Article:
Guidelines recommend that major depressive disorder should be treated initially with either an antidepressant drug or evidence-based psychotherapy. Researchers have discovered that brain scans could indicate which treatment is best.
The PReDICT study randomly assigned previously untreated adults to 12 weeks of treatment with antidepressants (either escitalopram or duloxetine), or cognitive behavioural therapy (CBT). The patients underwent a functional MRI brain scan before treatment, which was analysed to assess whether treatment outcome was linked to brain activity.
The researchers found that patients with higher levels of connectivity between four brain regions involved in mood regulation were likely to achieve remission with CBT but have a poor response to medication, whereas those with weaker connectivity were more likely to remit using medication and not respond to CBT.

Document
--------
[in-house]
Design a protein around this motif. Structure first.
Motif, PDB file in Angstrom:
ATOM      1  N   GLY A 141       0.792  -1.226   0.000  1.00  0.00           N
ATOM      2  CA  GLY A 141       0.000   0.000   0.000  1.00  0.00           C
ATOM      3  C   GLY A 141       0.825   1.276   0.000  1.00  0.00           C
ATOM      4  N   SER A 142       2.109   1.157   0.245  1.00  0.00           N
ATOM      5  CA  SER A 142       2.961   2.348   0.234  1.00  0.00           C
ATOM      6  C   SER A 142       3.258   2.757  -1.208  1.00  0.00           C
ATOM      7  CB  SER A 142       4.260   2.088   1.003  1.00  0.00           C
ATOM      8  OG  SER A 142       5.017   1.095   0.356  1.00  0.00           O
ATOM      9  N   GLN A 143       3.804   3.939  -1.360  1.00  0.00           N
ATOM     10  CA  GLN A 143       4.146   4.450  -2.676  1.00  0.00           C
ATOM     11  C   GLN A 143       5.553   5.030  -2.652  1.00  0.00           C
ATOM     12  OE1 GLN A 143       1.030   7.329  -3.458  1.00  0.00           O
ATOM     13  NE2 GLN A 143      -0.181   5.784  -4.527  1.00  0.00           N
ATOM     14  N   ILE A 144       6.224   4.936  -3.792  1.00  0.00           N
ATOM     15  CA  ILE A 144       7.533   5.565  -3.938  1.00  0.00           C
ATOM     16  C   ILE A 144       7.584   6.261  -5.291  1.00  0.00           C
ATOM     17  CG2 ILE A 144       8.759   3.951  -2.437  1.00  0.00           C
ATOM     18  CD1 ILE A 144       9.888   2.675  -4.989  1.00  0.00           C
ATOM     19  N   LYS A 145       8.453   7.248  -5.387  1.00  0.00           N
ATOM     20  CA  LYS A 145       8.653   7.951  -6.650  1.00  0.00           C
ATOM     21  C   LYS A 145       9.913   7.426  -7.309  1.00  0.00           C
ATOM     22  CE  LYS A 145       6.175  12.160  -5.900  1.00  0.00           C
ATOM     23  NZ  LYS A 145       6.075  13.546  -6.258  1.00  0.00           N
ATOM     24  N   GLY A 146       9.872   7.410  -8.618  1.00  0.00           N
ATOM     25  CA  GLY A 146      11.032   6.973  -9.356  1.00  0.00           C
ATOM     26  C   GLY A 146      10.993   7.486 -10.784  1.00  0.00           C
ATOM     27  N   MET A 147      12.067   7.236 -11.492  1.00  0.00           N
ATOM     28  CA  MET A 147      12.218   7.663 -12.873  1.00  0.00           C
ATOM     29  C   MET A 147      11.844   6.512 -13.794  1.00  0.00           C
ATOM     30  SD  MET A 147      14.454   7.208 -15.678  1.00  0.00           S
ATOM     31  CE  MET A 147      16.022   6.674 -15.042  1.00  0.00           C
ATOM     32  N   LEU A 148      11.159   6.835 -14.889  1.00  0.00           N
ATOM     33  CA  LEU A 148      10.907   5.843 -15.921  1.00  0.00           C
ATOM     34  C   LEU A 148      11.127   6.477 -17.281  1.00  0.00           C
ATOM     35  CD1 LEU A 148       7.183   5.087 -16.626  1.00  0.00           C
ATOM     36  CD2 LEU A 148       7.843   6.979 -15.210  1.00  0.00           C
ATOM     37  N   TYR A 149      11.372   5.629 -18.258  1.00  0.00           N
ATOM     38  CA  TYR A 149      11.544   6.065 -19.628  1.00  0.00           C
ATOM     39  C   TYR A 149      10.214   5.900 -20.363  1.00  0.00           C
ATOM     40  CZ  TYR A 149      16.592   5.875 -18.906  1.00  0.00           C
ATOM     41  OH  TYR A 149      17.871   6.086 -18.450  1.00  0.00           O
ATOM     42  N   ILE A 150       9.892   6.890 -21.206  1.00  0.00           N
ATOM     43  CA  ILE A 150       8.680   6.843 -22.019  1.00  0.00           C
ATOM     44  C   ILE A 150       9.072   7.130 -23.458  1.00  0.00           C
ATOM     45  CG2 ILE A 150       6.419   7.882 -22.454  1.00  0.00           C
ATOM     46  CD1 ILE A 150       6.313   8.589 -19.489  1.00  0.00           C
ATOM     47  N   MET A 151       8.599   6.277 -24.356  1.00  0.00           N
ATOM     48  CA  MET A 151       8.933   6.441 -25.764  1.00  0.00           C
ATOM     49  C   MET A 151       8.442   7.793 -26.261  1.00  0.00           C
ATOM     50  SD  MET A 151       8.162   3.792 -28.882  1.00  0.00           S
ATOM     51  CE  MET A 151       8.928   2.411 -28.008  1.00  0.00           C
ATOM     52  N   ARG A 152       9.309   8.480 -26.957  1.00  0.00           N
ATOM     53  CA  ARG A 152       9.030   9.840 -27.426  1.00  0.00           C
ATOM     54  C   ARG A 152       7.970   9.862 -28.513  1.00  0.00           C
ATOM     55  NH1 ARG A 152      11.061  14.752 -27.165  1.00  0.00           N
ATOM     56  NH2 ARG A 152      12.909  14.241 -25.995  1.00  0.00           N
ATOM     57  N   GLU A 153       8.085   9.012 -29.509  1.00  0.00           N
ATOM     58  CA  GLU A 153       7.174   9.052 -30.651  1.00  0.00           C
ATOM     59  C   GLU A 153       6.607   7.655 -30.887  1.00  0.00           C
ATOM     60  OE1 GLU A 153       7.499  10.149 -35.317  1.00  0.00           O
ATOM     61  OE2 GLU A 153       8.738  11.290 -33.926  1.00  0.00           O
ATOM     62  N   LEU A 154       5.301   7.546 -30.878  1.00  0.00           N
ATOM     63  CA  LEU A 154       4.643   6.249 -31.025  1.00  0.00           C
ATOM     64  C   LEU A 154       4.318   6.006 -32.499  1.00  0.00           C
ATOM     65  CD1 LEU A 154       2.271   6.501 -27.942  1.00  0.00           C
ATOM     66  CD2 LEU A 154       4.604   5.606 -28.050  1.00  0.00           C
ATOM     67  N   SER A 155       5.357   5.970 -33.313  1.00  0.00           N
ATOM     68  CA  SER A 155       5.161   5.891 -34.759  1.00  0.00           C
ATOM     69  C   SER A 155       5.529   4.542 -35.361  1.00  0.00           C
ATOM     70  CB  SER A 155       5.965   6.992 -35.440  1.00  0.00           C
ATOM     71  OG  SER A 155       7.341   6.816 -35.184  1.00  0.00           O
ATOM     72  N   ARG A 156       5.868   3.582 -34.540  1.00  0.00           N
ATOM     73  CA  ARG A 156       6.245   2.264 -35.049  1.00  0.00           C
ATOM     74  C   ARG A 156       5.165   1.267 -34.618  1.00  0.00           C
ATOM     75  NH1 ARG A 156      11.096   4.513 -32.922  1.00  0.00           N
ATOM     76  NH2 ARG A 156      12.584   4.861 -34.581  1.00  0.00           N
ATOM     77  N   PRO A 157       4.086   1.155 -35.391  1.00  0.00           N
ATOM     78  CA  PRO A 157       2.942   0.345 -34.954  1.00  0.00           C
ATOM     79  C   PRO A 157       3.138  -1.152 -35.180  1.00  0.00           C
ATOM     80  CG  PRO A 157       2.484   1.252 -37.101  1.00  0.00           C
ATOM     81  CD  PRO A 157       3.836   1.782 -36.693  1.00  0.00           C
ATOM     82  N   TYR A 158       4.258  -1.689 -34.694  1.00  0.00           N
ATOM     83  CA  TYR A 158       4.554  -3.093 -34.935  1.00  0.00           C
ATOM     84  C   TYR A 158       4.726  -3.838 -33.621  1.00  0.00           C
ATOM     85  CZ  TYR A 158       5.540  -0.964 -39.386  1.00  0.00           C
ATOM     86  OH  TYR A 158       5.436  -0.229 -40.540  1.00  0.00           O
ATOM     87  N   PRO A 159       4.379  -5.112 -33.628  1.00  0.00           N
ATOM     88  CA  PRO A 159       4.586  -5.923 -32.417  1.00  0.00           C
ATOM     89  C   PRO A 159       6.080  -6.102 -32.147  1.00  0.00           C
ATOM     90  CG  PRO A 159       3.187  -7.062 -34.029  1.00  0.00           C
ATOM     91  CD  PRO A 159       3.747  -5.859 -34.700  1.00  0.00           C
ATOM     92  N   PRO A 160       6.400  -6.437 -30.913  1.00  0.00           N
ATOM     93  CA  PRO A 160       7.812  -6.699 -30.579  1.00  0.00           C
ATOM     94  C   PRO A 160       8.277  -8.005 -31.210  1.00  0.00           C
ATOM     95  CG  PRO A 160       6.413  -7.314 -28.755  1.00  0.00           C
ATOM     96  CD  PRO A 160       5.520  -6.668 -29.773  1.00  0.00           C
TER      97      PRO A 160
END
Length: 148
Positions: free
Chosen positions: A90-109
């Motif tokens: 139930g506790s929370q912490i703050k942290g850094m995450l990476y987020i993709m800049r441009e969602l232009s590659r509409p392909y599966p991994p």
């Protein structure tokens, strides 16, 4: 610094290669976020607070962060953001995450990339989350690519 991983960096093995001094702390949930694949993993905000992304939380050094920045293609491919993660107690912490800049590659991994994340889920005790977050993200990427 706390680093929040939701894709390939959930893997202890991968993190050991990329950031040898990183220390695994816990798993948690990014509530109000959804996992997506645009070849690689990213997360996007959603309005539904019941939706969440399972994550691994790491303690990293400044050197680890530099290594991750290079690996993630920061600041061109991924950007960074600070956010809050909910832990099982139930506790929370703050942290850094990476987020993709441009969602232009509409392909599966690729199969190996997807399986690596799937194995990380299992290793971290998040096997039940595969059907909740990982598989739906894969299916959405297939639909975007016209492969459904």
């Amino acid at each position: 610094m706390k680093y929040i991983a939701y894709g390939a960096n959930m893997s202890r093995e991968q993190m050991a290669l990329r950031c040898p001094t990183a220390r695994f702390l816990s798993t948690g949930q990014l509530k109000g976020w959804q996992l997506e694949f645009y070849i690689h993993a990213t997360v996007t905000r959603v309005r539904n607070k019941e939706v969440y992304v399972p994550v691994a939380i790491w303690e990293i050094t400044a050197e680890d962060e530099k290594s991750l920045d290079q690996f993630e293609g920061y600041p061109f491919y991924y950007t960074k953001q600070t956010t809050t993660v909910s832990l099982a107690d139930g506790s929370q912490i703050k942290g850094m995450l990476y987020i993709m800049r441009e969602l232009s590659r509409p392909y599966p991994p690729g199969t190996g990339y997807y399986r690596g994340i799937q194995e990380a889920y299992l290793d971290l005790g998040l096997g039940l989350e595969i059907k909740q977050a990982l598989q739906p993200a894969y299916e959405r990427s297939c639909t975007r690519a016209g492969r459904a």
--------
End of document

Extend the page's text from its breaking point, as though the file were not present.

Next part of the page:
Reporting in The
American Journal of Psychiatry
(online, 24 March 2017), the researchers conclude that neuroimaging may have an important role in the application of precision medicine for depression.
 Dunlop BW, Rajendra JK, Craighead E et al. Functional connectivitiy of the subcallosal cingulate cortex and differential outcomes to treatment with cognitive-behavioural therapy or antidepressant medication for major depressive disorder. Am J Psychiatry 2017;00:1–13; doi: 10.1176/appi.ajp.2016.16050518